Sitting in that room, waiting for Whitlam to be sacked, did it cross your mind at all that it might have been constitutionally the wrong way to go, as some have argued that it was?

What other constitutional way is there to go?

Well there was a view put and an alternative view would be that the Governor-General needed to accept the advice of his senior minister, that was the prime minister, on the way he should proceed and instead you had offered him an alternative view of his role and he had taken that view.

A lot of other people had offered him an alternative view too, and he had his own legal knowledge and all the rest. Nobody now disputes, in political circles, the Governor-General's power, the right of the Governor-General to do what he did. And it wasn't really disputed at the time. It was fought on political grounds, but nobody tried to suggest that the Governor-General does not have the power. He clearly does have the power, and it's got nothing to do with reserve powers of the Crown. It is words written into the Australian Constitution, because if anyone bothers to read some of the background documents to the constitutional conventions, which my grandfather took part in, they'll find that those founding fathers were aware of the possibility that a prime minister can go bananas. He could lose his marbles. He could have a stroke. Is the government to endure while a prime minister is ill, can't take action, loses half his mind through a stroke or whatever, or all his mind? How is he to be got rid of? He might live for a long while. He can never recommend an election.

But you weren't suggesting at the time that Gough Whitlam had lost his mind.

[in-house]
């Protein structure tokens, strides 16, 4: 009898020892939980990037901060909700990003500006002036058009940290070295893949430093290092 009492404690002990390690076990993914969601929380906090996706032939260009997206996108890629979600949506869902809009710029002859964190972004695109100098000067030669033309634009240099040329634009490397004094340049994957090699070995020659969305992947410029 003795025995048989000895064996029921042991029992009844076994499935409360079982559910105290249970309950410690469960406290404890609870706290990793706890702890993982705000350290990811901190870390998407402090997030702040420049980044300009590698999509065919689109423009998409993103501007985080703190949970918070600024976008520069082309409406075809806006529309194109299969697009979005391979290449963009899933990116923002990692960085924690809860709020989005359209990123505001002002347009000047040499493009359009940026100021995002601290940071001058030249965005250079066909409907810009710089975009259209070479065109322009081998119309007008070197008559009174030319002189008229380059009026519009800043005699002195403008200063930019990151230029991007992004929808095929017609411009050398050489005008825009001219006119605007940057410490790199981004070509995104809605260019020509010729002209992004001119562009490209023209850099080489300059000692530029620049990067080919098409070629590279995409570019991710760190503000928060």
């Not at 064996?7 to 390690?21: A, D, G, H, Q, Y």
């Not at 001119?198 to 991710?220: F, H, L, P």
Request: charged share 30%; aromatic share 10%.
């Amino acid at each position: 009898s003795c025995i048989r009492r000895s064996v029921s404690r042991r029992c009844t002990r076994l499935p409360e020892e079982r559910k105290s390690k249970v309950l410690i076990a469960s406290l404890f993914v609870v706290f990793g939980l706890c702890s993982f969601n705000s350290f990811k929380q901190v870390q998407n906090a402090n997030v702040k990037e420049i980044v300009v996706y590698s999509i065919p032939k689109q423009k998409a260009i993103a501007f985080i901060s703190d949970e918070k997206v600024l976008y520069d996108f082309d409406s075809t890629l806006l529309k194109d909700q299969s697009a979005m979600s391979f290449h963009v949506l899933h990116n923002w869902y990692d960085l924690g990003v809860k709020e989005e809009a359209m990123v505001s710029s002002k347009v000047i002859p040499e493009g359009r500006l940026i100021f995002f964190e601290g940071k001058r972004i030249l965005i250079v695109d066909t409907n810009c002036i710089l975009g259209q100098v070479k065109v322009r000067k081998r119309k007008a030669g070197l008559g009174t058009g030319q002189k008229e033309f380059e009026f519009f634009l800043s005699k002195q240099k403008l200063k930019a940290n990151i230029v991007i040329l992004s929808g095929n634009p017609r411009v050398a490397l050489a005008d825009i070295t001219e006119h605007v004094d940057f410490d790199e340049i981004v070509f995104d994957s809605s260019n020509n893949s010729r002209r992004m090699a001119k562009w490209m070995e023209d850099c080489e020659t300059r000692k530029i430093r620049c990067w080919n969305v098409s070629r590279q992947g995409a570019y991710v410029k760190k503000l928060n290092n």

No, but they were aware that there were circumstances in which a Governor-General may have to have power to act.

Well clearly Gough Whitlam must have thought he did or he wouldn't have accepted the sacking. So I mean obviously he accepted that and went. But at the time I suppose ...

But that says it all doesn't it. Gough's public view really was that the Governor-General does not have that power and yet he accepted the letter and its consequences, and vacated his office and the Lodge. So he knew the Governor-General had the power, but he kept up a subterfuge to try and maintain Labor's rage and to try and hide the fact that Gough had embarked on the greatest gamble of his life, gambling with the total structure of the political stability of Australia, and he had failed.

Were you surprised at the strength of the public feeling?

No, not at all. Gough was the left's hero, I knew that. He was the press's hero. I only had to go to my first press conference as prime minister to know that 90% of them thought I was some pariah out of hell.

How did you, how did you experience that?

Well I was used to the press you see. The press, after I resigned from John Gorton, I wasn't surprised.

Do you feel that you had a bad time from the press in the time that you were prime minister?

I don't think it's really relevant.

You don't think the press is relevant?

No, they write what they're going to write, and I'm not sure that it influences all that much.

You don't think it influences public opinion?

Not all that much.

Didn't you feel that it was important and an important part of your job and an important part of being a politician according to the sorts of principles that you describe from Machiavelli, to handle that press? Isn't that part of the job?

Oh you try and get a message across in a variety of ways and luckily there's television and the print media and all the rest. So you get part of what your message is, but the condition of the country, the condition of people's lives, and what they feel about circumstances, is often going to have more import about the way they vote than what the press say in an editorial. Editorials are written for politicians. They're not written for the general public. I mean a large part of the public now will go to the business pages, not even look at the political pages. You take ...